This wave of dissatisfaction is especially perverse because corporations now have access to decades of scientific research about how to make jobs better. “We have so much evidence about what people need,” says Adam Grant, a professor of management and psychology at the University of Pennsylvania (and a contributing opinion writer at The Times). Basic financial security, of course, is critical — as is a sense that your job won’t disappear unexpectedly. What’s interesting, however, is that once you can provide financially for yourself and your family, according to studies, additional salary and benefits don’t reliably contribute to worker satisfaction. Much more important are things like whether a job provides a sense of autonomy — the ability to control your time and the authority to act on your unique expertise. People want to work alongside others whom they respect (and, optimally, enjoy spending time with) and who seem to respect them in return.

And finally, workers want to feel that their labors are meaningful. “You don’t have to be curing cancer,” says Barry Schwartz, a visiting professor of management at the University of California, Berkeley. We want to feel that we’re making the world better, even if it’s as small a matter as helping a shopper find the right product at the grocery store. “You can be a salesperson, or a toll collector, but if you see your goal as solving people’s problems, then each day presents 100 opportunities to improve someone’s life, and your satisfaction increases dramatically,” Schwartz says.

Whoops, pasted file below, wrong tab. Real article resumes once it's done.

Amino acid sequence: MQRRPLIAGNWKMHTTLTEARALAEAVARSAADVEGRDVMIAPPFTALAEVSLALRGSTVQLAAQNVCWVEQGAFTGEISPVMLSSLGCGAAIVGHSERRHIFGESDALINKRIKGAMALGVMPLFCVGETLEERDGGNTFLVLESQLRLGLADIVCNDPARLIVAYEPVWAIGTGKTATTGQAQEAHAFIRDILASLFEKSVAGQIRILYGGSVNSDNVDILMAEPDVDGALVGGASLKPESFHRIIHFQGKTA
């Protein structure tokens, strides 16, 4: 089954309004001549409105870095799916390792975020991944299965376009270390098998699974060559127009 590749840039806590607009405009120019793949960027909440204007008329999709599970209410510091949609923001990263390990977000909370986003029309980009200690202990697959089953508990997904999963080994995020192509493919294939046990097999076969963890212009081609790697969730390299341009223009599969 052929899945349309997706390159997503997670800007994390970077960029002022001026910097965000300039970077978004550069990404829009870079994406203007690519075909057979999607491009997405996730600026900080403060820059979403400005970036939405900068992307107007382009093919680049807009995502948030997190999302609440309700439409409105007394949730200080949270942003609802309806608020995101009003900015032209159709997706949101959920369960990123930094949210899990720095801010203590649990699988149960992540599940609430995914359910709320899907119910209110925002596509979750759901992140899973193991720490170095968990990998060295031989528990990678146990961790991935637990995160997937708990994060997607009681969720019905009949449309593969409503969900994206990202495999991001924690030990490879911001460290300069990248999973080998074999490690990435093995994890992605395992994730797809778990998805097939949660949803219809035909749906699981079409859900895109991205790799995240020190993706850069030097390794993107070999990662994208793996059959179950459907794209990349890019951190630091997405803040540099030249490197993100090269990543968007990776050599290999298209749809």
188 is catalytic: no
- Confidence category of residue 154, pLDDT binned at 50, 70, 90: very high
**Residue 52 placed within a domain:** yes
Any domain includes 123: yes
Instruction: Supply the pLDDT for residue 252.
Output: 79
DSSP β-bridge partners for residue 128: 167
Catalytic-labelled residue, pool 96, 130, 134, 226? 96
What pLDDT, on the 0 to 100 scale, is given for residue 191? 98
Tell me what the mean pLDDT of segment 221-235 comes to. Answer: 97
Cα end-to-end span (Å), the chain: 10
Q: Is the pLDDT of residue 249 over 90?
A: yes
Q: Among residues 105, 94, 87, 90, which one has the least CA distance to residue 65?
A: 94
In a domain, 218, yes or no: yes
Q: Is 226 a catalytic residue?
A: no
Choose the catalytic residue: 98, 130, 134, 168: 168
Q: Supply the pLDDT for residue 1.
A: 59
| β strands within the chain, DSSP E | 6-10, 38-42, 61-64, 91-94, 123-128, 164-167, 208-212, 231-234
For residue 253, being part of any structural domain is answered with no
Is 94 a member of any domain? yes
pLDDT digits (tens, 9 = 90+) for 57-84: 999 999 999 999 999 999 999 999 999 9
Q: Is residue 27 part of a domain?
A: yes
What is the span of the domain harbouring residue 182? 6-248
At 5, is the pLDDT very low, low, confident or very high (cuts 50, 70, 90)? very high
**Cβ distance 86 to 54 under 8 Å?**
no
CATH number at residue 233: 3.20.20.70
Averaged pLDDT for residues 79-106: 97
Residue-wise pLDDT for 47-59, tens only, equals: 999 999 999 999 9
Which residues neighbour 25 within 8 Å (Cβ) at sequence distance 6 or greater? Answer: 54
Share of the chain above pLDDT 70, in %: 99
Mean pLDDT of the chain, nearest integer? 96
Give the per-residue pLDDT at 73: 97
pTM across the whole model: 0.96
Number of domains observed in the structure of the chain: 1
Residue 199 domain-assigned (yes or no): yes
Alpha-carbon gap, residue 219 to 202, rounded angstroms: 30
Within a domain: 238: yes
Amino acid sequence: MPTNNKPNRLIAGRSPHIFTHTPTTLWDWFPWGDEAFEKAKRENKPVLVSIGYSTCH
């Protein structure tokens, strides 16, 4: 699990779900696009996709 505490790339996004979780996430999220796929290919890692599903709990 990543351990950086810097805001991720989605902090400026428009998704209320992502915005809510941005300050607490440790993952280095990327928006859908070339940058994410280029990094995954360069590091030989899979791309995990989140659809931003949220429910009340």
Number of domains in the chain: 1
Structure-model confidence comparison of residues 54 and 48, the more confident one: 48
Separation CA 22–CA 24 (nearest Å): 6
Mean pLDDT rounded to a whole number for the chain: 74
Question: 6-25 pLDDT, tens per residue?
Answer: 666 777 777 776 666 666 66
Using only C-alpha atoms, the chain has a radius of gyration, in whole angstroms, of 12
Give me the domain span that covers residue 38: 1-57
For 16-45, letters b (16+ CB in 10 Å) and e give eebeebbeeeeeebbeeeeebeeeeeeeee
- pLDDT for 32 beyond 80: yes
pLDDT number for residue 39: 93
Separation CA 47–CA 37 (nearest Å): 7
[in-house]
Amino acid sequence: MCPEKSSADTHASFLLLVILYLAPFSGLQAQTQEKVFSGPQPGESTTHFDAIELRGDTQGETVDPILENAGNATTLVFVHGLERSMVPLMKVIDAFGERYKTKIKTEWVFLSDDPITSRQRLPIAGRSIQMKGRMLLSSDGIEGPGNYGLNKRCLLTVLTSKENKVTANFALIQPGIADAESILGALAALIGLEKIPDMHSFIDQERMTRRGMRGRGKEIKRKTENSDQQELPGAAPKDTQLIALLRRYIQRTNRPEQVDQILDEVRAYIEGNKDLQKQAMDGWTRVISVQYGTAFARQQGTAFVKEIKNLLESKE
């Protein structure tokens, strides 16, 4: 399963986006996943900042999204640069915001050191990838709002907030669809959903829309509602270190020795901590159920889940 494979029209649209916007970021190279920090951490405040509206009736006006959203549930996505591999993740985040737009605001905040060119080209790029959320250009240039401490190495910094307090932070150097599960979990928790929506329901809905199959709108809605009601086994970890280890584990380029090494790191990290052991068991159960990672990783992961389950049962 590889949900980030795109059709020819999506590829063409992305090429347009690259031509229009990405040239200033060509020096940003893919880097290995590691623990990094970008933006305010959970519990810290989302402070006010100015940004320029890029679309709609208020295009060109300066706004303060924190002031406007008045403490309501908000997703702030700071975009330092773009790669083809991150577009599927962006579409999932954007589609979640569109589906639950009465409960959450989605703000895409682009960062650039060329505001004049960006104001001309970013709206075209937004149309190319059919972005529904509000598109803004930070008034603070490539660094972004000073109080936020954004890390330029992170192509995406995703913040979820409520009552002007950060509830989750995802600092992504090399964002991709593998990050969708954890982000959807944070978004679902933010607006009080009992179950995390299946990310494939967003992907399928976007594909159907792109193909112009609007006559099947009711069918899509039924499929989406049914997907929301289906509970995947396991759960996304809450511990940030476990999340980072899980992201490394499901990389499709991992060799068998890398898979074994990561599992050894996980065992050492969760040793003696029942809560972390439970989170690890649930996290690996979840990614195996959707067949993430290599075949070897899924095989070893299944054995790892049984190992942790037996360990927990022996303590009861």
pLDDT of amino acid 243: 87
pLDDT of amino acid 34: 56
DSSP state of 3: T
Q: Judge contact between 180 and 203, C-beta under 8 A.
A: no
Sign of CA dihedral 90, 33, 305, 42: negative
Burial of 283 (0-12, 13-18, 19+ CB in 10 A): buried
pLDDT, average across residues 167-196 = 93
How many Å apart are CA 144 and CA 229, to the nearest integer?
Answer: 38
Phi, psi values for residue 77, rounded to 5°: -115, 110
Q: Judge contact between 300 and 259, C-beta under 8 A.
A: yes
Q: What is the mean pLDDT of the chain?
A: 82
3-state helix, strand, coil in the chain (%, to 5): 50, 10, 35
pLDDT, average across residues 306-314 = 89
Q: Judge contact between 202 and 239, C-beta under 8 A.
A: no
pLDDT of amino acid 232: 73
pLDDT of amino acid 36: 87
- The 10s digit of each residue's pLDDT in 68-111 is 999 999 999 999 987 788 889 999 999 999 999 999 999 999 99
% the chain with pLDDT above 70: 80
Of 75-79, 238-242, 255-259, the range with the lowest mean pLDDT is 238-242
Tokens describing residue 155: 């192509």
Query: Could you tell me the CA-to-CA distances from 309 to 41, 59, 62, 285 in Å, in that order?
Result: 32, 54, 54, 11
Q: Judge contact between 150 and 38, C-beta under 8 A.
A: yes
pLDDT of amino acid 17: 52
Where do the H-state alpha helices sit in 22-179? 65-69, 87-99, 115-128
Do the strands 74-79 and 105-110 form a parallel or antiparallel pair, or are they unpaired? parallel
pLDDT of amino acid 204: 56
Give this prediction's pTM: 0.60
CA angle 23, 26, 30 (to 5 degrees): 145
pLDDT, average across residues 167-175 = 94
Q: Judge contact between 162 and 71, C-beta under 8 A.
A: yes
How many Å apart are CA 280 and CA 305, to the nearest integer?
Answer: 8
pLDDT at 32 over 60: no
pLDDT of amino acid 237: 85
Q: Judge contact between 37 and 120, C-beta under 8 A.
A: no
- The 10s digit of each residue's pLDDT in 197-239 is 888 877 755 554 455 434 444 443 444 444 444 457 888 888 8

One of the more significant examples of how meaningfulness influences job satisfaction comes from a study published in 2001. Two researchers — Amy Wrzesniewski of Yale and Jane Dutton, now a distinguished emeritus professor at the University of Michigan — wanted to figure out why particular janitors at a large hospital were so much more enthusiastic than others. So they began conducting interviews and found that, by design and habit, some members of the janitorial staff saw their jobs not as just tidying up but as a form of healing. One woman, for instance, mopped rooms inside a brain-injury unit where many residents were comatose. The woman’s duties were basic: change bedpans, pick up trash. But she also sometimes took the initiative to swap around the pictures on the walls, because she believed a subtle stimulation change in the unconscious patients’ environment might speed their recovery. She talked to other convalescents about their lives. “I enjoy entertaining the patients,” she told the researchers. “That is not really part of my job description, but I like putting on a show for them.” She would dance around, tell jokes to families sitting vigil at bedsides, try to cheer up or distract everyone from the pain and uncertainty that otherwise surrounded them. In a 2003 study led by the researchers, another custodian described cleaning the same room two times in order to ease the mind of a stressed-out father.